Berlusconi fakes a sexual act with a traffic warden:
The Stars & Stripes isn't just the flag of the USA but of democracy and freedom everywhere:
Picking his nose... Slumps at lecturn after making emotional speech:Berlusconi suggests a German Socialist MEP would be perfect for the part of a Nazi concentration camp chief in a movie (Italian language):
These two videos are a reminder that politicians never have private time when they're out in public. Top of the post is Guido Fawkes' 'Here comes the bogeyman' clip. Gordon Brown, on course to be Britain's next Prime Minister, appears to be picking his nose while Tony Blair answers MPs' questions. And at the bottom of the post there's the famous scene where Tory John Redwood is caught not being able to sing the Welsh national anthem... whilst Secretary of State for Wales. More goofs and gaffes here.
This page of PlayPolitical.com showcases the best political videos of all time. Some have been chosen because they made millions laugh. Others because they changed something. Others because of their cleverness. You'll probably disagree with the PlayPolitical.com team's choices. If you have your own suggestions please email us...
PS PoliticalTV.com's Top Ten Of All Time can be watched here.
The award-winning WebCameron site allows the Tory leader to communicate directly with voters and the now famous 'kitchen sink scene' produced some clever responses (including this from Stephen Tall). These mini-sites will, over time, evolve into much bigger platforms as the distinctions between newspapers, blogs, campaigning organisations, political parties and broadcasters become more and more blurred.
This video was the brainwave of Charlie Fisher. The ad won MoveOn.org's 'Bush in thirty seconds' competition and imaginatively warned that children would be paying the debts built up by the Bush years. It is a prime example of how 'the creativity of the crowds' can match the creativity of the highly-paid advertising agencies. Philip de Vellis' anti-Hillary 'Vote Different' ad is part of this trend.
The Swift Boat Veterans for Truth produced some of the most controversial political ads in American political history. John Kerry was running for President and was using his military experience as part of his pitch to voters. Then the Swift Boat ads were unleashed and the momentum Senator Kerry had hoped to build on the back of his party's Convention was all lost. The series of ads introduced the whole idea of being 'SwiftBoated' into the polictical lexicon. The ads also showed that the monopoly of political communication, once the preserve of establishment parties, was well and truly over.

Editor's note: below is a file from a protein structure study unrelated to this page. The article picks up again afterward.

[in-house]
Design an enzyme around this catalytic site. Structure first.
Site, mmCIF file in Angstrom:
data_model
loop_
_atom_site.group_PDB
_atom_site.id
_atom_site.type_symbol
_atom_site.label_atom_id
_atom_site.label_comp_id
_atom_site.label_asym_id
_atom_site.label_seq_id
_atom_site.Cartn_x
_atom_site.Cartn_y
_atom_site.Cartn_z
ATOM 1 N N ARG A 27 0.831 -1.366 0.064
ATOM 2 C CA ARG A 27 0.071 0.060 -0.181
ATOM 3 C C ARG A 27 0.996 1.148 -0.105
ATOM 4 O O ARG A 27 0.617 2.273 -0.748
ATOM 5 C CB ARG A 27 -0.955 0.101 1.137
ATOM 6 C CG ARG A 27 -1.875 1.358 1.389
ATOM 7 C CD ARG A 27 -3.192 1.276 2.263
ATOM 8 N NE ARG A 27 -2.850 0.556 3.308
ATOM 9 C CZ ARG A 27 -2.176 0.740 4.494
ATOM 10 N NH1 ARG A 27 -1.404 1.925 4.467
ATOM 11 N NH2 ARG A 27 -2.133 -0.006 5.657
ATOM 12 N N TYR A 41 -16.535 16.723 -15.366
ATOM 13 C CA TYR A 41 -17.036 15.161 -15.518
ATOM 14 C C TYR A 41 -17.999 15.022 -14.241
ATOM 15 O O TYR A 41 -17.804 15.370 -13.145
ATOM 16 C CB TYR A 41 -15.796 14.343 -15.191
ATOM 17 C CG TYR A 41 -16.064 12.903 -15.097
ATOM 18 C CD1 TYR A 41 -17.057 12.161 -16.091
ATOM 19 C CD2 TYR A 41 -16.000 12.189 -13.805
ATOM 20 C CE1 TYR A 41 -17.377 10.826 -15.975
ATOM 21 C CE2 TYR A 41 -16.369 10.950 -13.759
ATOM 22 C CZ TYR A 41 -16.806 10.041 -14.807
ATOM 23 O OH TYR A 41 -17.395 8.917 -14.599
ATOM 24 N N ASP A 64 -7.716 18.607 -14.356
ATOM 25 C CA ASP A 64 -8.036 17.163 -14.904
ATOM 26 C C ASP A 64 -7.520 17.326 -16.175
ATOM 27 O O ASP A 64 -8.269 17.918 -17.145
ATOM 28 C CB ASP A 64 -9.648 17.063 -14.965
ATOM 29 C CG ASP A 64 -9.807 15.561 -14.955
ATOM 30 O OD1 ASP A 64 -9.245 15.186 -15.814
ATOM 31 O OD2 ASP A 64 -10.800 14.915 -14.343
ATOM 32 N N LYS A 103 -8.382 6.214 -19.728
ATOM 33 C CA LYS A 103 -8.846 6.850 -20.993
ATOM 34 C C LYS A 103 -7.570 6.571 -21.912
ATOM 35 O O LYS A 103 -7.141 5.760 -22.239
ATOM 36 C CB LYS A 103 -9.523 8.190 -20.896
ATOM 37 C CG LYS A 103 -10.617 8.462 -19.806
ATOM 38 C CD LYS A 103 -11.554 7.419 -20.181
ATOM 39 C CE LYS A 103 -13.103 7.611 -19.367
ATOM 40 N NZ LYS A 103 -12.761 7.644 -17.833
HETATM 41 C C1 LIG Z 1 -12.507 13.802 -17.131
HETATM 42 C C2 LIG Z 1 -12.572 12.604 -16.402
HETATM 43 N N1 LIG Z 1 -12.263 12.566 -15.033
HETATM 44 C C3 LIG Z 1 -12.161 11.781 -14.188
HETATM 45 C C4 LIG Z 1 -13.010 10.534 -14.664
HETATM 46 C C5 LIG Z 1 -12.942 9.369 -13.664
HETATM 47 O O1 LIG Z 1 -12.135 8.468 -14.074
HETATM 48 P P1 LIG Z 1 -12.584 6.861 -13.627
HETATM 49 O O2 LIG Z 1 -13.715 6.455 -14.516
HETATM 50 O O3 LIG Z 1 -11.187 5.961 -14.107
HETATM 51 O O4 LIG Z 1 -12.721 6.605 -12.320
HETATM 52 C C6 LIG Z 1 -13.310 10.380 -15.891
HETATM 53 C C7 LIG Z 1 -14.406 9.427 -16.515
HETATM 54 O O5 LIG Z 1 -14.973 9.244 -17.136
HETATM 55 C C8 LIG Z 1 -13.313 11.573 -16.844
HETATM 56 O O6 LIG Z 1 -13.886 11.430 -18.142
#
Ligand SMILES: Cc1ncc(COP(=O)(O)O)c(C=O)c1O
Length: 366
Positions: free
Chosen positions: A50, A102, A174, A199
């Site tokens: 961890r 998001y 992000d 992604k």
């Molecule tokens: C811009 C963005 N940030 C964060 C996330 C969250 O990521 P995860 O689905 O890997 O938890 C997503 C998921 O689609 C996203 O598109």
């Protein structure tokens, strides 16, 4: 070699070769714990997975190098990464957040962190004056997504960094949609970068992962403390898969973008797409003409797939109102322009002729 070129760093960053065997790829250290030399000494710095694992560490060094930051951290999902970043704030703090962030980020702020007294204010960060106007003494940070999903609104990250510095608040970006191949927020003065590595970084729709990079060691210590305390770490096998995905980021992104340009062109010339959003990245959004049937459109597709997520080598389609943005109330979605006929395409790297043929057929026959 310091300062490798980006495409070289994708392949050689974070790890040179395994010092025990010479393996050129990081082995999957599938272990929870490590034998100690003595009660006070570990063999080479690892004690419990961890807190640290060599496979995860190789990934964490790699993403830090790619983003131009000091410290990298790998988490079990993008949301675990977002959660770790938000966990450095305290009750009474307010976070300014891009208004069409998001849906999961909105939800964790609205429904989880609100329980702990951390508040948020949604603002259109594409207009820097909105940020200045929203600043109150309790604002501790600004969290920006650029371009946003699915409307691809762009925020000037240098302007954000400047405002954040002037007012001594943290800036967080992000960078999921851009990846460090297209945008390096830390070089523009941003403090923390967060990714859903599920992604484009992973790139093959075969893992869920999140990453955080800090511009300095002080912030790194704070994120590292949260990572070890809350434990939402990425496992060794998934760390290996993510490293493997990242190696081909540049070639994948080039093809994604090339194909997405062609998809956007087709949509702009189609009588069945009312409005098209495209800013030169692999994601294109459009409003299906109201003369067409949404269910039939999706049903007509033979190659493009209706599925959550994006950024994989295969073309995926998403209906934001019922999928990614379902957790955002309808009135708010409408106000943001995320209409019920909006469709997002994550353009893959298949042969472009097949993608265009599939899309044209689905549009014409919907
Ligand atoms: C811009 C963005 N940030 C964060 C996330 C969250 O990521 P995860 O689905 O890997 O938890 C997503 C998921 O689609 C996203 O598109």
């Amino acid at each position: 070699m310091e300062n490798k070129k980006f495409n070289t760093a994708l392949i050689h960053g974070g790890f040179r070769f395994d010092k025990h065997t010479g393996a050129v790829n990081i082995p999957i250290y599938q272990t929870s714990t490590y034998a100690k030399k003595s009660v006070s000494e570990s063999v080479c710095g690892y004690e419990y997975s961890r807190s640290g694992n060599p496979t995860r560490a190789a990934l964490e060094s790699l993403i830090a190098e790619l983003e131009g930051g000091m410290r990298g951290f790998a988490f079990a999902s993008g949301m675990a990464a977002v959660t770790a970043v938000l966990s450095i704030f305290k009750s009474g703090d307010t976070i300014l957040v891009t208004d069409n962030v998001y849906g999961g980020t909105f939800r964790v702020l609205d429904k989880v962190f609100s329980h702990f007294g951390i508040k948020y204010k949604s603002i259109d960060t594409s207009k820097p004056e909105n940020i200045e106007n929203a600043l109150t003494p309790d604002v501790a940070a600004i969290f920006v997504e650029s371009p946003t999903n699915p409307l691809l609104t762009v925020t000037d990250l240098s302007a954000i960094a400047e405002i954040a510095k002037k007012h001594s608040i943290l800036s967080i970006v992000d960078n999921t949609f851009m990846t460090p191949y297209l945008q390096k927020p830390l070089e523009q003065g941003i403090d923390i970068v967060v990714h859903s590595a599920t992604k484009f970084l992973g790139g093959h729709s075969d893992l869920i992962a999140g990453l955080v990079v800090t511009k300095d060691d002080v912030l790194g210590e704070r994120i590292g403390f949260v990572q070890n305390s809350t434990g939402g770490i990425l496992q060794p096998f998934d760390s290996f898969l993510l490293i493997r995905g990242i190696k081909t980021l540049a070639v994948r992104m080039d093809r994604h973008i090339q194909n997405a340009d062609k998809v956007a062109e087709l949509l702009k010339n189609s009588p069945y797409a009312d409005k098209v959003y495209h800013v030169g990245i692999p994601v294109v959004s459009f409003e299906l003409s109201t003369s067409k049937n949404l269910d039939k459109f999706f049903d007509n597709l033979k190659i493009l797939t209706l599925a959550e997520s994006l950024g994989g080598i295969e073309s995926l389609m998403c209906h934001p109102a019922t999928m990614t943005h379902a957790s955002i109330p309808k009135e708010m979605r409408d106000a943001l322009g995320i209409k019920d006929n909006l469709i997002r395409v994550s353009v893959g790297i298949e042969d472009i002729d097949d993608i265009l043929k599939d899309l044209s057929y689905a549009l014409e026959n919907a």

BritainAndAmerica.com's UK-made 'let's not forget what America has done for the world' video was the brainchild of PlayPolitical's own Samuel Coates (who features in our 'You Have The Power' list). Distributed throughout the US blogosphere - the secret to most video successes - it featured on Fox News and, understandable in sound only, on BBC Radio and on many American talk radio stations. It's an example of the ideological diversity that the internet affords. Private citizens do not necessarily need the backing of big media organisations or political parties to get their messages across. All they need is a good idea and a blog or two! There are more issue ads here.
Ronald Reagan’s sunny side-up ‘Morning In America’ advert changed political advertising forever. We'd love to include two very special British ads in this Hall of Fame. There was 1987's 'Kinnock The Movie' and 1989's Green Party political broadcast where the cumulative cost of pollution was powerfully exposed by the mock unloading of various pollutants on the heads of children. If you can help provide us with either of those ads please email us. Reagan features prominently on our Out of Office pages (with Hitler and Churchill!).
Below the Reagan video is Bill Clinton's 1992 'A Place Called Hope' video. It was very much in the Reagan mould.
One of the best things about the 'YouTube era' is that old footage is brought back to life and for next-to-no cost. The two videos here - Martin Luther King's 'I Have A Dream' speech and Nelson Mandela's first-ever interview - are good examples of this phenomenon.